It’s not that the Marlon Wayans horror spoof “A Haunted House 2” isn’t stupid. It is, incredibly so, as well as technically inept, damn near plotless, and mired in humor so puerile, ugly and regressive that this critic witnessed a gaggle of preteen theater-hoppers groan with exasperation at several of the running sex jokes. And yet, there’s a certain tragically admirable level of commitment from the cast, particularly the dignity-averse Wayans, that at least lifts it above the parody-movie nadir set by “Date Movie”/“Epic Movie” auteurs Jason Friedberg and Aaron Seltzer. It’s certainly likely to be among the worst movies in wide release this year, but it’s far from the most hateable, and that should count for something.
A sequel to last year’s “A Haunted House,” which grossed $40 million even though it appeared to have been financed with change collected from a shopping mall fountain, this sequel finds protagonist Malcolm (Wayans, who also co-scripted with Rick Alvarez) moving into a brand-new home with brand-new girlfriend Megan (Jaime Pressly) and her two children (Ashley Rickards, Steele Stebbins). Theoretically staged as a found-footage exercise, though frequently opting for standard shots with no appreciable increase in quality, the film traces Malcolm’s growing realization that his new house is, indeed, haunted.
Although there are obvious elements imported from recent horror pics like “Insidious,” “The Possession” and “The Conjuring,” it’s hard to really call “A Haunted House 2” a parody. Parodies generally tend to riff on and comment upon the films and genres they’re sending up, while this effort simply uses them as a loose framework on which to hang a rapid-fire barrage of manic, heavily improvised setpieces. Long sequences of Wayans battling a chicken, slapping at moths or engaging in extremely pornographic coitus with a porcelain doll make the Three Stooges look like Jane Austen, but at least they provide some lizard-brain respite from the scripted dialogue, which mines most of its punchlines from racial stereotypes, sex and — with disquieting frequency — domestic and animal abuse.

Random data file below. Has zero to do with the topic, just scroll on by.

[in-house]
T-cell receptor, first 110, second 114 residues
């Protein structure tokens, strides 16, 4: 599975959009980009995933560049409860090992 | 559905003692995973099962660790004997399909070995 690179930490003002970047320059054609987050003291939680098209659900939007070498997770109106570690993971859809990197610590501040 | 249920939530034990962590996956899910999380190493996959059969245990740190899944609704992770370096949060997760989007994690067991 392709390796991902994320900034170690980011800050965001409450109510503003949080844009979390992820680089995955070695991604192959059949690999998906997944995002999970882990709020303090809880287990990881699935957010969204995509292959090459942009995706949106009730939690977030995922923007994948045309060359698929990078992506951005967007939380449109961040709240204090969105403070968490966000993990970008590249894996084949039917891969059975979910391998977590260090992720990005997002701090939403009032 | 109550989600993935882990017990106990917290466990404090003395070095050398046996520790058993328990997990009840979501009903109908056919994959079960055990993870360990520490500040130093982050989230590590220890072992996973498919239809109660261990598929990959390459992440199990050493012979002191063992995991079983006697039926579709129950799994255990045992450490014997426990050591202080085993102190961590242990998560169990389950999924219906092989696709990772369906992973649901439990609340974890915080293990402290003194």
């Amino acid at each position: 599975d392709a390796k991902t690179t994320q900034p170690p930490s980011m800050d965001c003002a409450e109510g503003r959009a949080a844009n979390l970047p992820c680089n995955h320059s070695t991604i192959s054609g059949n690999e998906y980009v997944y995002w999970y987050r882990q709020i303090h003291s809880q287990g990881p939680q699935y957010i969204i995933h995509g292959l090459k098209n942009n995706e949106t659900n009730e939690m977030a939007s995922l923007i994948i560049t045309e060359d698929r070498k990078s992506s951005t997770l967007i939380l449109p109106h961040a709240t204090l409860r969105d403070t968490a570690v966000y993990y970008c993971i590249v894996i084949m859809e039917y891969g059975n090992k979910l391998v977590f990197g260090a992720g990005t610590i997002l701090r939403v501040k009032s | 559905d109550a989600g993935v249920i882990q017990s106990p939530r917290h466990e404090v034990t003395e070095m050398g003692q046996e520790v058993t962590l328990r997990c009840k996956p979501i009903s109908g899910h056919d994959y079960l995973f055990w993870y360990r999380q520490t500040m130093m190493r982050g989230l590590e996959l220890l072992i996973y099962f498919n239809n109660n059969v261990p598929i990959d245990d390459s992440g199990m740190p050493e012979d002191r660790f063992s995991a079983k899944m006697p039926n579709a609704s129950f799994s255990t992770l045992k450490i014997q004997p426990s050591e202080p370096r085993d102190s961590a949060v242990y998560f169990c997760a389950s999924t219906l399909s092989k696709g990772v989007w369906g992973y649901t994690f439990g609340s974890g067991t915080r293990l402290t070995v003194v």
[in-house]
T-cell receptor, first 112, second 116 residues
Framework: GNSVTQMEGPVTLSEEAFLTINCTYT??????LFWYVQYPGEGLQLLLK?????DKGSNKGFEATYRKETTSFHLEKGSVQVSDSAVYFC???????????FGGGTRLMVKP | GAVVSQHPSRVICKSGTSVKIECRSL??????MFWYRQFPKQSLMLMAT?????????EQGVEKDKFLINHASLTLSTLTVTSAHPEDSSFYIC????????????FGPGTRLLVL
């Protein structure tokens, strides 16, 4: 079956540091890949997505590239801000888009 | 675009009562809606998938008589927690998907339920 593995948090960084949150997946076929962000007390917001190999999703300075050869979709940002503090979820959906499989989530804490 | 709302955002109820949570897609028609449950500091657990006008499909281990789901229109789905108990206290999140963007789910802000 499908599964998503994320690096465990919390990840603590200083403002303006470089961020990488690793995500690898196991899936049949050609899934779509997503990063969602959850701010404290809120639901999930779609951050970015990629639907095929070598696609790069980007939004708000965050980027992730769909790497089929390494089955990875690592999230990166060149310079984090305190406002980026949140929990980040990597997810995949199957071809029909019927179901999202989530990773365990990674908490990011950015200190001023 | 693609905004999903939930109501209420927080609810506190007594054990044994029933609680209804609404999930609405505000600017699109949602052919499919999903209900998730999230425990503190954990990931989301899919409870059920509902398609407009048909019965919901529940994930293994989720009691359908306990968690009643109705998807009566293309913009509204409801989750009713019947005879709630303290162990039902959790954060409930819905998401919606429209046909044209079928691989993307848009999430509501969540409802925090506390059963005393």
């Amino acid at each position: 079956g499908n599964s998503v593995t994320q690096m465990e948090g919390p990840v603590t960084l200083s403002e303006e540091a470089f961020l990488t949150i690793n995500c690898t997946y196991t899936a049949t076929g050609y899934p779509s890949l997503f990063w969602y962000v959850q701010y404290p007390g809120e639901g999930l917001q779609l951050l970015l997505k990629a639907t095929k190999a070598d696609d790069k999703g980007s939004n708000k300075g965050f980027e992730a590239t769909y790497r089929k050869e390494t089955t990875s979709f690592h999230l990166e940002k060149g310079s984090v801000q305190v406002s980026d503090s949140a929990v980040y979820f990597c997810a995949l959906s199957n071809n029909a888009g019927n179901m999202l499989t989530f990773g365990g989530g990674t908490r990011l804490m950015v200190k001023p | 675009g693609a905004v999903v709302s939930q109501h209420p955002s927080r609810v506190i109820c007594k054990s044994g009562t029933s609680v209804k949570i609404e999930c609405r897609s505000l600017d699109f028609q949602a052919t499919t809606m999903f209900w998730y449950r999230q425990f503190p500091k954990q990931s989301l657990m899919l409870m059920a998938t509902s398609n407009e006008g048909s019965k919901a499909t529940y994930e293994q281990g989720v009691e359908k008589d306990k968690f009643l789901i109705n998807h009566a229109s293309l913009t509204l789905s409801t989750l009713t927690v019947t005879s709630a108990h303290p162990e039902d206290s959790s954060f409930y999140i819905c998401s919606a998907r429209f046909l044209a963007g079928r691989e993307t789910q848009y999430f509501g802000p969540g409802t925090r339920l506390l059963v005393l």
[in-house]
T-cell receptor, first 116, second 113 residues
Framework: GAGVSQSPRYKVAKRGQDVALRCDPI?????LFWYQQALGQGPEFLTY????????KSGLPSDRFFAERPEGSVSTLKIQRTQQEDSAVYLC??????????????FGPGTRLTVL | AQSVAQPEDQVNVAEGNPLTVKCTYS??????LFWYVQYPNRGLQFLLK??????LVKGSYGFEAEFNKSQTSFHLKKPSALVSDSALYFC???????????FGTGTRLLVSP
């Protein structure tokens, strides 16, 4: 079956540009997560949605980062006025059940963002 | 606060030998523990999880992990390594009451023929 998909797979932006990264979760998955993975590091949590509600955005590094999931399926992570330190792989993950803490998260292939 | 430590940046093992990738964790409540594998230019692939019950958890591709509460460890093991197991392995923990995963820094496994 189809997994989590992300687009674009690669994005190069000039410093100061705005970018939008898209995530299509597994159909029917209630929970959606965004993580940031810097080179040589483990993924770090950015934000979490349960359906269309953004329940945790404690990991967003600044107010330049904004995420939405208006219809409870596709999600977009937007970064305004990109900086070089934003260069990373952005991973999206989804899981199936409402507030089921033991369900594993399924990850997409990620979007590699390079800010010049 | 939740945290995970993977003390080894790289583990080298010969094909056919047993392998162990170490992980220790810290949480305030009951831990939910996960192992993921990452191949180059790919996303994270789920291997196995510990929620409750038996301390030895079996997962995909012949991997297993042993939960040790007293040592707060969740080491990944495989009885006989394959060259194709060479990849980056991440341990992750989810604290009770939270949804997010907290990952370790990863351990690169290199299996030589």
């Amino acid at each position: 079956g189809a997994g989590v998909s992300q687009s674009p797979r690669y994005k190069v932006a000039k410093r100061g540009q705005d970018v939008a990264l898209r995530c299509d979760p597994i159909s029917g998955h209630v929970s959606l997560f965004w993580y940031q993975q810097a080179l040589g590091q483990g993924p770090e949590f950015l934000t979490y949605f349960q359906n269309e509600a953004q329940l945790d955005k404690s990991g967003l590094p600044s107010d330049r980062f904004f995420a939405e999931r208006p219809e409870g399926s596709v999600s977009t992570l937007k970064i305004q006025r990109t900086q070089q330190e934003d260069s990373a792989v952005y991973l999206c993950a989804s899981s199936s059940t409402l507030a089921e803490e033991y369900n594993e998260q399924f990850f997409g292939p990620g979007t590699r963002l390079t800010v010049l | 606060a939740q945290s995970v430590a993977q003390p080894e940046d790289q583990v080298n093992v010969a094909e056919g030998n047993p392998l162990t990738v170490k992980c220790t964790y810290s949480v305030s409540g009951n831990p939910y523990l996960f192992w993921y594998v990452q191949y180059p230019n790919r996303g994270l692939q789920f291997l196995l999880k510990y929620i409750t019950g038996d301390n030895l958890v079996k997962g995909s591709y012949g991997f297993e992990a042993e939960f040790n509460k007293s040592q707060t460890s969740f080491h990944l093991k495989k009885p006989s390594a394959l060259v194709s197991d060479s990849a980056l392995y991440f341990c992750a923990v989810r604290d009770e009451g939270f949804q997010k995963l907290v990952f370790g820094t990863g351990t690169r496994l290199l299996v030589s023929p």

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This is, in other words, truly a bottom-feeding piece of work, but it’s hard not to be fascinated by Wayans’ sincere lack of self-consciousness as he hurls himself across the set naked, spittle dribbling from his mouth, screaming and maintaining a constant patter of off-the-cuff babble with the camera inches from his face. Most top-billed actors, even lowbrow comedic ones, would have betrayed hints of reluctance or shame at some point, but Wayans’ commitment is total, almost to the degree of a performance artist. His ceaseless energy gives “A Haunted House 2” a weird sort of integrity: If nothing else, Wayans and director Michael Tiddes appear to have made exactly the movie they wanted to make, with no pretense to anything more. Whether they should have bothered is perhaps a matter of taste.
Appearing in small roles, Cedric the Entertainer fails to entertain in a reprise of his gangster priest character; Latino standup comic Gabriel Iglesias serves to broaden the range of ethnic humor from simple “see white guys, they drive like this” gags to include Mexican stereotypes as well; and Affion Crockett somehow steals the movie through his repeated, almost Yiddish-like pronunciation of the word “homie.”